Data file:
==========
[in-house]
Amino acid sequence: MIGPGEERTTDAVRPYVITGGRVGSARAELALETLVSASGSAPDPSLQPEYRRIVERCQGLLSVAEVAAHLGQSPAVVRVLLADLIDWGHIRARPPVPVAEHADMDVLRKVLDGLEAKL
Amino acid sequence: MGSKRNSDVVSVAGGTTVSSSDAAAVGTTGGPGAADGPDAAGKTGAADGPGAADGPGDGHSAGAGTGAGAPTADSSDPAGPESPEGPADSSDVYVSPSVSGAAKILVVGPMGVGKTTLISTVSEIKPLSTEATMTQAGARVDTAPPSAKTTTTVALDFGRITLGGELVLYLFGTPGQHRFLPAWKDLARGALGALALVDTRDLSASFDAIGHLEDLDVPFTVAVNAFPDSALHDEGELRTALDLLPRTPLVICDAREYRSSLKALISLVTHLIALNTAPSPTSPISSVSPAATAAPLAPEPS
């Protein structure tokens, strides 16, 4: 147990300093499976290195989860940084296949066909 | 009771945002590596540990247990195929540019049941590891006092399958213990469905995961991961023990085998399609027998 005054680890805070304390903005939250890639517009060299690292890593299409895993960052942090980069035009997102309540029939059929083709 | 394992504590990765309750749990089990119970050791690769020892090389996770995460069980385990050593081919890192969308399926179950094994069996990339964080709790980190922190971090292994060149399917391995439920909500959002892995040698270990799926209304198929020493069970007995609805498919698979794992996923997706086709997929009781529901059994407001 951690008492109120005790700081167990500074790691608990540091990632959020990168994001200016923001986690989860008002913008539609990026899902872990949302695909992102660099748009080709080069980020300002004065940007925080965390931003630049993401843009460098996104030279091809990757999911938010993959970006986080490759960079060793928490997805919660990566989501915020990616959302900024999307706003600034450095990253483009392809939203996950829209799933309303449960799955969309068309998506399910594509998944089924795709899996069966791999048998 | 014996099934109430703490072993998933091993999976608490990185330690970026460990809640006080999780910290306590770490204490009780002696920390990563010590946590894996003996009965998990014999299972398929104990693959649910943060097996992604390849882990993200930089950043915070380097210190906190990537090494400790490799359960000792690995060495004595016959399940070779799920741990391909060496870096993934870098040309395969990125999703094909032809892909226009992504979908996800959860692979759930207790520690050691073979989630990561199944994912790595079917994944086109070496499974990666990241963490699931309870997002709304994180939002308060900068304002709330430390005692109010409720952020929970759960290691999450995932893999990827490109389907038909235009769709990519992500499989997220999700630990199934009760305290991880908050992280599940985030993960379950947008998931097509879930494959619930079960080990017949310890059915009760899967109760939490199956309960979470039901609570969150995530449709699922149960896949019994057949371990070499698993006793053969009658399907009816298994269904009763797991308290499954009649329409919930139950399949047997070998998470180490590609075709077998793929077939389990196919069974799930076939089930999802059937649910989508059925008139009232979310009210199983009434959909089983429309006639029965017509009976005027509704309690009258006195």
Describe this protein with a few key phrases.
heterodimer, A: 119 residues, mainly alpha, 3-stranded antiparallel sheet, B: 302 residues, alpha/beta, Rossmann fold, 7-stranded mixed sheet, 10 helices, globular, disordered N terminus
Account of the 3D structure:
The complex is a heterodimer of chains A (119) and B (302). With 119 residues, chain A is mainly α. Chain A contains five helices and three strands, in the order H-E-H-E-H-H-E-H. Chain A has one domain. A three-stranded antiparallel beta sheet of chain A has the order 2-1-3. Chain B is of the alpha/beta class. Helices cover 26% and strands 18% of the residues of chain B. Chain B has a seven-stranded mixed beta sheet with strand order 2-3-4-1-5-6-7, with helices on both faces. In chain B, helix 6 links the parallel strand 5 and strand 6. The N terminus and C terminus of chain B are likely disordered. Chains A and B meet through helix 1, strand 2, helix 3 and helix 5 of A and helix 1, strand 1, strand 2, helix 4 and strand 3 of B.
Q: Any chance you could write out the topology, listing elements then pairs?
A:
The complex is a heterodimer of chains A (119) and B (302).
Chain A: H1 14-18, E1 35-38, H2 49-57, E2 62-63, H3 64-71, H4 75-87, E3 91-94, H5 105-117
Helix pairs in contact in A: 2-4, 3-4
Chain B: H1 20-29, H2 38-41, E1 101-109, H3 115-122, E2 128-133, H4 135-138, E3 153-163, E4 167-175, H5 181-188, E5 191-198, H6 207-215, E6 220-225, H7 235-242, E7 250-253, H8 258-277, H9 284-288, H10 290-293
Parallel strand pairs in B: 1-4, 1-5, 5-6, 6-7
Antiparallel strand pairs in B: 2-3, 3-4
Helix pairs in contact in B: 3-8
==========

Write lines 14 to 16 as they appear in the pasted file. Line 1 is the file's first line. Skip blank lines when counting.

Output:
Chain B: H1 20-29, H2 38-41, E1 101-109, H3 115-122, E2 128-133, H4 135-138, E3 153-163, E4 167-175, H5 181-188, E5 191-198, H6 207-215, E6 220-225, H7 235-242, E7 250-253, H8 258-277, H9 284-288, H10 290-293
Parallel strand pairs in B: 1-4, 1-5, 5-6, 6-7
Antiparallel strand pairs in B: 2-3, 3-4